Unlike the Iron Range's most famous musical native son, Metsa unabashedly embraces politics and easily laughs at himself.
"Growing up in my town, you had people who were really vociferous on both sides of every argument-in church, school, city council meetings, bars, football games," Metsa says of his youth in Virginia, Minnesota. "Where my musical, spiritual, and political lives start and end, I don't know. It's like breathing."

His roots run deep in the Iron Range, proud site of some of the bloodiest battles of 20th century labor. During the major strikes of the 1970s, Metsa saw firsthand the struggle for safer mines and better wages. And it transformed his life and his music.
"Slow Justice," which Metsa calls his "most enduring song," was written for an album benefiting the Hormel P-9 workers during their 1985 strike that divided Austin, Minnesota.

Listen to Metsa's whiskey-tinged voice singing anthems like "Wall of Power" and "Another Man's Chain," his "Second Avenue" tale of homelessness, or the elegiac "Kitty Genevese" about violence against women, and it's clear that idealism and outrage propel his artistic vision.

"I grew up watching Westerns," Metsa recalls. "As a boy, there was a lot of resonance in that lone figure doing right for his county. There were only a few black people on the Iron Range but the civil rights movement was on TV. Watching Ed Sullivan and Johnny Carson, I got turned on to Ray Charles, B.B. King, Richard Pryor, Jimi Hendrix-all this beautiful music that really resonated with my soul. Then, there was Martin Luther King," he adds. "Just the power of his voice. The poetry and magic. You didn't have to be very old to realize he was a very powerful figure."

John F. Kennedy was also a major influence. After JFK's assassination in 1963, Metsa followed the Warren Commission, acquired a "bookshelf of books" on the topic, and easily sidetracks into analysis of the evidence, arguments he's eloquently put to music.
"I realized there was evil in the world. I grew up middle class. The assassination broke that bubble of safety. I saw Jack Ruby shoot Oswald live on TV," he recalls. "It was a one-two punch of violence into my life."

The Poetry of Politics
Metsa calls himself a "great believer in democracy," but says he has become disenchanted with the political process. "There's not a lot of poetry left in politics," he declares. "Washington seems to be nothing but a snake-oil grease-pit of backroom power plays. These politicians should know how kids take their cues from them."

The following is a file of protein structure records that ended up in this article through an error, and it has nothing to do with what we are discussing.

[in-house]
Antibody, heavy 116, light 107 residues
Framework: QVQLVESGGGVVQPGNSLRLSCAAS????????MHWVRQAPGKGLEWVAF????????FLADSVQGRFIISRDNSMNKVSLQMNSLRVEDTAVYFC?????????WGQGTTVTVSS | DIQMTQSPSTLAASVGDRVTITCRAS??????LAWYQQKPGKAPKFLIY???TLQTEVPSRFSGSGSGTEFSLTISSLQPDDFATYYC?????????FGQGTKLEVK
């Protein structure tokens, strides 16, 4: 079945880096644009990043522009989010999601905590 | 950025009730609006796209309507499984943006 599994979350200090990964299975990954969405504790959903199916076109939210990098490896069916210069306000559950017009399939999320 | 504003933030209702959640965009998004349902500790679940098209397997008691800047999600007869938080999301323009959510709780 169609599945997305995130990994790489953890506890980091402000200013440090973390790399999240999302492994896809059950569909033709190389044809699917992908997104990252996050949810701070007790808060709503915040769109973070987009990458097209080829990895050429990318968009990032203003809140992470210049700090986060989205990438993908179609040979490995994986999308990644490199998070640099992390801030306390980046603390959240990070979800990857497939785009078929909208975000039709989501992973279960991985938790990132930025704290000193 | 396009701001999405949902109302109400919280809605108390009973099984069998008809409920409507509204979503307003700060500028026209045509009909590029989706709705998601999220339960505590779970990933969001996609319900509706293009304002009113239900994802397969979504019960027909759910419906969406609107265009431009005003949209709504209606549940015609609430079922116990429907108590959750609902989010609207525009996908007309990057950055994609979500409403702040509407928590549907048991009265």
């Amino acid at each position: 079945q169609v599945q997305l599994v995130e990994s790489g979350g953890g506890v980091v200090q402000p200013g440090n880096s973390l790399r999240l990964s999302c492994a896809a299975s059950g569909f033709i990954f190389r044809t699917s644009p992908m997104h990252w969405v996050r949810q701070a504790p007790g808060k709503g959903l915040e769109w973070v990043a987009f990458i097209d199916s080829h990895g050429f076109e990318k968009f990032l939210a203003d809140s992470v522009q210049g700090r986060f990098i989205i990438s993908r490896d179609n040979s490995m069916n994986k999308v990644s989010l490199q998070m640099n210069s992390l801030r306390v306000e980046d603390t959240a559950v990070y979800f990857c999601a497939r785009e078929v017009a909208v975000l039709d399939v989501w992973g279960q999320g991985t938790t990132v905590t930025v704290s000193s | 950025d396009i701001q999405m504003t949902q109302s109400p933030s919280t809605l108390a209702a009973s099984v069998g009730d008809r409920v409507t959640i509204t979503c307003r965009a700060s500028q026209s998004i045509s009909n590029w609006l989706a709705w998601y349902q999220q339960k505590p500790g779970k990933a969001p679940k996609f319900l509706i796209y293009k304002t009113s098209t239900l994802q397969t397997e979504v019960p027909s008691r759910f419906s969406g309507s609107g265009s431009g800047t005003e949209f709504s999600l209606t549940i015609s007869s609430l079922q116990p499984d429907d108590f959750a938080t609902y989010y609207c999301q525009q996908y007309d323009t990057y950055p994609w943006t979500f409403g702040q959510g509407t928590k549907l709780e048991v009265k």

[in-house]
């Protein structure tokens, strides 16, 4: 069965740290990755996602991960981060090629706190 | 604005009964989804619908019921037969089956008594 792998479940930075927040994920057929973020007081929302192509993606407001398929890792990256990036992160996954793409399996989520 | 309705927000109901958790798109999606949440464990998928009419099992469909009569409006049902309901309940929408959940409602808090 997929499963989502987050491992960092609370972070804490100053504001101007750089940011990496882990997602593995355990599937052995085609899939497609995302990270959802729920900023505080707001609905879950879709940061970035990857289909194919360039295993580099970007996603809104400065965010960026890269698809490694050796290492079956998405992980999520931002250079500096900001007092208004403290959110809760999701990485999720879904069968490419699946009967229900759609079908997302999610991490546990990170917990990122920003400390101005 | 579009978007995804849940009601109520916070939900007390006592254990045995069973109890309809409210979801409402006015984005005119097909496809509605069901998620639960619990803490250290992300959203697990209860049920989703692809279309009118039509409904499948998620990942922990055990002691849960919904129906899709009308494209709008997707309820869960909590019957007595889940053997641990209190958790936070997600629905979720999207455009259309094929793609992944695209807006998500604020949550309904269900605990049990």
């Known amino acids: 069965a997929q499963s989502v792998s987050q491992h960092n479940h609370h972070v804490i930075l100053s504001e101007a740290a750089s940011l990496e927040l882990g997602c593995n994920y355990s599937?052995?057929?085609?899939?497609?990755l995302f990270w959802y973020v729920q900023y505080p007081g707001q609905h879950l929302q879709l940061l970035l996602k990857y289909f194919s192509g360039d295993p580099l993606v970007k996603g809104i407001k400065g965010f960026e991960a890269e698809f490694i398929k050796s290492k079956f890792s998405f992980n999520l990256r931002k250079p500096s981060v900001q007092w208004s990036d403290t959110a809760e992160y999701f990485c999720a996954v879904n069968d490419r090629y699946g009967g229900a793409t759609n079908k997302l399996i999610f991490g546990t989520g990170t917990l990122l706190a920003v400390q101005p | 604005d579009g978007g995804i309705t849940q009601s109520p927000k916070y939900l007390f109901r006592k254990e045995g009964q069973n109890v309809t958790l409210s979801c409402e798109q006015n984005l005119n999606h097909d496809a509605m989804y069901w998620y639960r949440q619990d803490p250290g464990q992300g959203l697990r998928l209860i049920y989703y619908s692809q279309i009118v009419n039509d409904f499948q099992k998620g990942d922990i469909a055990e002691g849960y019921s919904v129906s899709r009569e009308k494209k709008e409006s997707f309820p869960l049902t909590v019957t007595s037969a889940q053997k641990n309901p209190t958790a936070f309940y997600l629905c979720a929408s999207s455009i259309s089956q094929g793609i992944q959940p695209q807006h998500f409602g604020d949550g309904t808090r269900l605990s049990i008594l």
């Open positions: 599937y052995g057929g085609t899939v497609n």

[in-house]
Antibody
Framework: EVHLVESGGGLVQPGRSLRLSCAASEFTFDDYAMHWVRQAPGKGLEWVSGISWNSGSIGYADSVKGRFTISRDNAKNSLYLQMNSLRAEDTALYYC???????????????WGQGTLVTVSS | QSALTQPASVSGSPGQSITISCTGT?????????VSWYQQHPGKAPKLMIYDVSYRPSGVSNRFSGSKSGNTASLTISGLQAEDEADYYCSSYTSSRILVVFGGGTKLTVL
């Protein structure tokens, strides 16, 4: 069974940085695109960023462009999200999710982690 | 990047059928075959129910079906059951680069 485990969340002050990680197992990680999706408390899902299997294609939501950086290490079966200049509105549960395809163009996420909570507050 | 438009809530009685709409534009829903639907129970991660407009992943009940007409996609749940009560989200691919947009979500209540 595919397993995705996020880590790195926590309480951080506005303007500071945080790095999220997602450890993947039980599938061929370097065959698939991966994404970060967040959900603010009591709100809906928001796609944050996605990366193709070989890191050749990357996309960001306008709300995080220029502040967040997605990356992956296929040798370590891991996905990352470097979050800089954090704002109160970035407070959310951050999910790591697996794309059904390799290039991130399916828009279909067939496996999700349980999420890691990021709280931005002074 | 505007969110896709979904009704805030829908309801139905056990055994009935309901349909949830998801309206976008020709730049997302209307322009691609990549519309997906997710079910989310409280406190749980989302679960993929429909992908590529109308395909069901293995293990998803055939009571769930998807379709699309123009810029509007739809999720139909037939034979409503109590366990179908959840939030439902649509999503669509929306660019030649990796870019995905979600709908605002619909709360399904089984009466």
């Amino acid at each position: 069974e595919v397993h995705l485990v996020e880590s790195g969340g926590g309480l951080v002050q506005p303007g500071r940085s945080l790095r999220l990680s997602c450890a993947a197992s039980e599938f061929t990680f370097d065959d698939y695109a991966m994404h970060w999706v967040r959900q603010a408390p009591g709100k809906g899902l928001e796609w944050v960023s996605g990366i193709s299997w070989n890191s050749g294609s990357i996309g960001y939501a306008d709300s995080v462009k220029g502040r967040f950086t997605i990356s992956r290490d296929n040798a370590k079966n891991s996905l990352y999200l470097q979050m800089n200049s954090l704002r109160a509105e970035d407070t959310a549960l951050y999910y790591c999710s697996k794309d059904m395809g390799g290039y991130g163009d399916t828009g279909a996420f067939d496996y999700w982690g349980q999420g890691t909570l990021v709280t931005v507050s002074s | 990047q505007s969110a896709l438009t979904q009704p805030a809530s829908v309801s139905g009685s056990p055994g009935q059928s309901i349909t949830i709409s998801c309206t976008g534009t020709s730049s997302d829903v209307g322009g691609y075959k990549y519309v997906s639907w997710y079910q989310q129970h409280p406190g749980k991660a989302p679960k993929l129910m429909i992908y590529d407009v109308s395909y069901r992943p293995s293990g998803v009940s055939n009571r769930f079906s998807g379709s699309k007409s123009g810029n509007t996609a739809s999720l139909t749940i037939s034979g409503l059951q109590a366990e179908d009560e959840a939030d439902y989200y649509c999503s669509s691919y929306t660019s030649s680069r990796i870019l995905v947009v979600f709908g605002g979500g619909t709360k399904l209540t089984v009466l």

Metsa learned the art of political debate early on. His mother was his town's only Republican.

"I miss the time when people of different political perspectives could talk to each other with respect. My mother and I always had very respectful, complex conversations about politics. She was conservative in the best sense of the word, and I've got a lot of conservative traits," he observes. "I believe in conserving civil rights, conserving the environment, conserving my pocketbook. I believe in conserving liberty and conserving architectural and cultural history."

Putting those values into action led Metsa to create an organization devoted to saving the Guthrie Theater, which is slated for demolition next year.

He recalls making a snowy drive from his Iron Range home in 1972 to see folk guitarist Leo Kottke at the Guthrie. "It was so magical, so uplifting. There was no doubt in my mind that this was what I had to do with my life-become a professional musician," he says. Of his own performances at what he calls "the Carnegie Hall of the Midwest," Metsa says: "Being on that stage is to commune with the ghosts of the 20th century."

The Guthrie is "completely functional," he argues, with perfect acoustics and no seat farther than 54 feet from the stage. Metsa envisions the Guthrie as a multicultural center. "Leave us a place where we can come to know each other's culture, manners, and arts, and get to know each other as people."

The Guthrie effort is just another way that Metsa is building community, using his talents as a musician and activist to make a better city. Like his musical hero, Pete Seeger, Metsa knows that the real work of an artist is "not about Hollywood. It's about your hometown." - Lydia Howell - The Minneapolis Observer - December 5, 2005